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ORIGINAL RESEARCH article

Front. Med., 24 August 2022
Sec. Intensive Care Medicine and Anesthesiology
Volume 9 - 2022 | https://doi.org/10.3389/fmed.2022.922280

Association between glucose-to-lymphocyte ratio and in-hospital mortality in intensive care patients with sepsis: A retrospective observational study based on Medical Information Mart for Intensive Care IV

Shaoyan Cai1† Qinjia Wang2† Chuzhou Ma1 Junheng Chen1 Yang Wei1 Lei Zhang1 Zengqiang Fang1 Liangjie Zheng1* Chunming Guo1*
  • 1Department of Anesthesiology, Shantou Central Hospital, Shantou, China
  • 2Department of Gastroenterology, The First Affiliated Hospital of Shantou University, Shantou, China

Background: This study aimed to evaluate the association between the glucose-to-lymphocyte ratio (GLR) and in-hospital mortality in intensive care unit (ICUs) patients with sepsis.

Methods: This is a retrospective cohort study. Patients with sepsis from the Medical Information Mart for Intensive Care-IV (MIMIC-IV) database had their baseline data and in-hospital prognosis retrieved. Multivariable Cox regression analyses were applied to calculate adjusted hazard ratios (HR) with 95% confidence intervals (CI). Survival curves were plotted, and subgroup analyses were stratified by relevant covariates. To address the non-linearity relationship, curve fitting and a threshold effect analysis were performed.

Results: Of the 23,901 patients, 10,118 patients with sepsis were included. The overall in-hospital mortality rate was 17.1% (1,726/10,118). Adjusted for confounding factors in the multivariable Cox regression analysis models, when GLR was used as a categorical variable, patients in the highest GLR quartile had increased in-hospital mortality compared to patients in the lowest GLR quartile (HR = 1.26, 95% CI: 1.15–1.38). When GLR was used as a continuous variable, each unit increase in GLR was associated with a 2% increase in the prevalence of in-hospital mortality (adjusted HR = 1.02, 95% CI: 1.01–1.03, p = 0.001). Stratified analyses indicated that the correlation between the GLR and in-hospital mortality was stable. The non-linear relationship between GLR and in-hospital mortality was explored in a dose-dependent manner. In-hospital mortality increased by 67% (aHR = 1.67, 95% CI: 1.45–1.92) for every unit GLR increase. When GLR was beyond 1.68, in-hospital mortality did not significantly change (aHR: 1.04, 95% CI: 0.92–1.18).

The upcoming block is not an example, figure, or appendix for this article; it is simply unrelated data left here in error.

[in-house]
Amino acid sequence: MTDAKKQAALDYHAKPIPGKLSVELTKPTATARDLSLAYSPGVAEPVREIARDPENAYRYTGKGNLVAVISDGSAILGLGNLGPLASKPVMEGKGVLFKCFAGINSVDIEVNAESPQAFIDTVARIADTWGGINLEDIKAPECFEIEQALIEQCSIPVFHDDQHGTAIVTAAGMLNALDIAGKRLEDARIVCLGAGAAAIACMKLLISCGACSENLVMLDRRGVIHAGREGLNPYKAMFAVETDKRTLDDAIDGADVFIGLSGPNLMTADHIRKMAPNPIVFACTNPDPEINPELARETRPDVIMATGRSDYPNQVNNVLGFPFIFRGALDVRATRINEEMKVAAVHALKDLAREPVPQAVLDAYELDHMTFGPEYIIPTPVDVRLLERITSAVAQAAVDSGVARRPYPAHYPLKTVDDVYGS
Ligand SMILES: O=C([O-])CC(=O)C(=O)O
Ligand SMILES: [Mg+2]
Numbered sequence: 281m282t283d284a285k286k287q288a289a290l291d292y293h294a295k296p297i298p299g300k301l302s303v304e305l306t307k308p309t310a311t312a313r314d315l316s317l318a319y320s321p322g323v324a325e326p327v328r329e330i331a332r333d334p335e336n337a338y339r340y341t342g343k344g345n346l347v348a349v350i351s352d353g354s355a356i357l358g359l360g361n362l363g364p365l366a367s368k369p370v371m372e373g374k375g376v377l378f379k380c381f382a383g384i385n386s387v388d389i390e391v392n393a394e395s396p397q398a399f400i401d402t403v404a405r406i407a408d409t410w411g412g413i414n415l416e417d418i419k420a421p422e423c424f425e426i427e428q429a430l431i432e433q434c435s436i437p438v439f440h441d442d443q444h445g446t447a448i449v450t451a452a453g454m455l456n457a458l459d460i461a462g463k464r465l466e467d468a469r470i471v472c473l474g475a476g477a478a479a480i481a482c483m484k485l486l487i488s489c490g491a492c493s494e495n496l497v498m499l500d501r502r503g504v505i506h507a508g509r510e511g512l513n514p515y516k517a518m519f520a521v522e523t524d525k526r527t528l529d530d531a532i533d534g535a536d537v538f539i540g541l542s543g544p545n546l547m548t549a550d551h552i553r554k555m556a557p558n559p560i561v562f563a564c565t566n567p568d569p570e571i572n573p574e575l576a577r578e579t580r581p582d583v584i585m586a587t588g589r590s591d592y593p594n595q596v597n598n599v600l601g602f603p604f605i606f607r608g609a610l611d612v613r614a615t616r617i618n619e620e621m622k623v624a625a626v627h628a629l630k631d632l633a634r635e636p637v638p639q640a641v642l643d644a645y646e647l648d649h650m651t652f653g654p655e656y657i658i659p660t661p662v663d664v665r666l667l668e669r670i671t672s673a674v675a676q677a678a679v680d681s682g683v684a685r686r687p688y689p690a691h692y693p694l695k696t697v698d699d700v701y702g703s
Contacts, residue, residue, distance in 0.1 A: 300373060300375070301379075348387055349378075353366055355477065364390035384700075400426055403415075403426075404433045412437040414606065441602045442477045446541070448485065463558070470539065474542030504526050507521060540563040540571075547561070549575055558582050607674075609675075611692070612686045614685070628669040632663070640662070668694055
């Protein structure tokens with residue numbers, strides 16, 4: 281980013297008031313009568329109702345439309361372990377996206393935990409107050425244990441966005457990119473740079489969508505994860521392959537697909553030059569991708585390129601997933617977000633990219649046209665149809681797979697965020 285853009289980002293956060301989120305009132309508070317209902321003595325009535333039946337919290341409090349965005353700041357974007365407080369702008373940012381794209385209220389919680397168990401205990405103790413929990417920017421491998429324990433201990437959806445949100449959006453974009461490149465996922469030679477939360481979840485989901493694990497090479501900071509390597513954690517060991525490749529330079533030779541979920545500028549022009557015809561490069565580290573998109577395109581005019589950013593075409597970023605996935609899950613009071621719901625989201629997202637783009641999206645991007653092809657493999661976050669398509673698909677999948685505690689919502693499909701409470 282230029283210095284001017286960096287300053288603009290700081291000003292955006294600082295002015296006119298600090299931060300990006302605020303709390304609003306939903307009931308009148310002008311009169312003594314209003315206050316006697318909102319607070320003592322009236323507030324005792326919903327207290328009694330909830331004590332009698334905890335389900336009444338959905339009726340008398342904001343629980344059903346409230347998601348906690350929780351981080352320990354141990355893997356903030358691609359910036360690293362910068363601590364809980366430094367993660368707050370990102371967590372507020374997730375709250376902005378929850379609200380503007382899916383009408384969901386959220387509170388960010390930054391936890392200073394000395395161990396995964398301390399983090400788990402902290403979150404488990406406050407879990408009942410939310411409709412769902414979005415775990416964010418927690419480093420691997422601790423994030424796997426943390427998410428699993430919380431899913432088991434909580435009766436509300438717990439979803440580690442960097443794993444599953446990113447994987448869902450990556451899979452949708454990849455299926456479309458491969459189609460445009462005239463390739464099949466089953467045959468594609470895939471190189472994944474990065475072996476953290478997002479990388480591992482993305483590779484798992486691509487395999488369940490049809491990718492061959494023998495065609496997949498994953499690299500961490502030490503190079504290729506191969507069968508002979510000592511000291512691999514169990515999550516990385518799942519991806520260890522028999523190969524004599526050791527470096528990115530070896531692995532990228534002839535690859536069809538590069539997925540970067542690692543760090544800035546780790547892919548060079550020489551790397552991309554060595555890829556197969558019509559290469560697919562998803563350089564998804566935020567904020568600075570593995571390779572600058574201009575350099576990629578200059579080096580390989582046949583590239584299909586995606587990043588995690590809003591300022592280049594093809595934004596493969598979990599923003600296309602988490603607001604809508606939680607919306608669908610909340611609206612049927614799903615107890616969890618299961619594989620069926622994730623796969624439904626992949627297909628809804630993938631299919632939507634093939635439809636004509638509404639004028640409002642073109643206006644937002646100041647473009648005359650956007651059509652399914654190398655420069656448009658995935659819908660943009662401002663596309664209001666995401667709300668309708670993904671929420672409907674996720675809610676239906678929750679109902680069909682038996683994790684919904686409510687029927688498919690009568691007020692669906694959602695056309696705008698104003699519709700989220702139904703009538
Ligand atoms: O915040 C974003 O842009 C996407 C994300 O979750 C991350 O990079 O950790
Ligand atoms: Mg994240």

Conclusion: There is a non-linear relationship between GLR and in-hospital mortality in intensive care patients with sepsis. A higher GLR in ICU patients is associated with in-hospital mortality in the United States. However, further research is needed to confirm the findings.

Background

Sepsis is a serious public health concern worldwide. Sepsis is a life-threatening organ dysfunction caused by dysregulated host systemic inflammation and immune response to infection (1, 2). Despite advances in the recognition and management of clinical sepsis (3), morbidity and mortality remain high (4, 5), with sepsis-related deaths accounting for 19.7% of global deaths (6). To date, the exact mechanism of sepsis remains unclear but is widely hypothesized.

Many clinical studies consider sepsis to be a host-mediated systemic inflammatory response to infection, and evidence of dysregulated immune cell activation and host response has been observed in patients with severe sepsis (7, 8). In addition, some systemic inflammatory biomarkers have been reported to be associated with sepsis and poor prognosis, including neutrophil-lymphocyte ratio (NLR) (911), platelet–lymphocyte ratio (PLR) (12), lymphocyte–monocyte ratio (LMR) (13), and red cell distribution width (RDW) (1416). The loss and dysfunction of immune cells are considered the main factors for secondary infections and poor outcomes in patients with sepsis. Therefore, alterations in immune cell number and function may be related to mortality in patients with sepsis (17). Lymphocytes are one of the primary effector cells involved in the systemic inflammatory response of sepsis. Extensive lymphocyte apoptosis is a key contributor to the development of the immunosuppressive phase of sepsis (18). Their profound role in immunosurveillance, which may protect the host from sepsis development and impaired immune system, has been reported to be associated with poor prognosis in patients with sepsis (9). Consequently, lymphocyte count indicating the state of the immune system appears to predict the outcomes of patients with sepsis (18).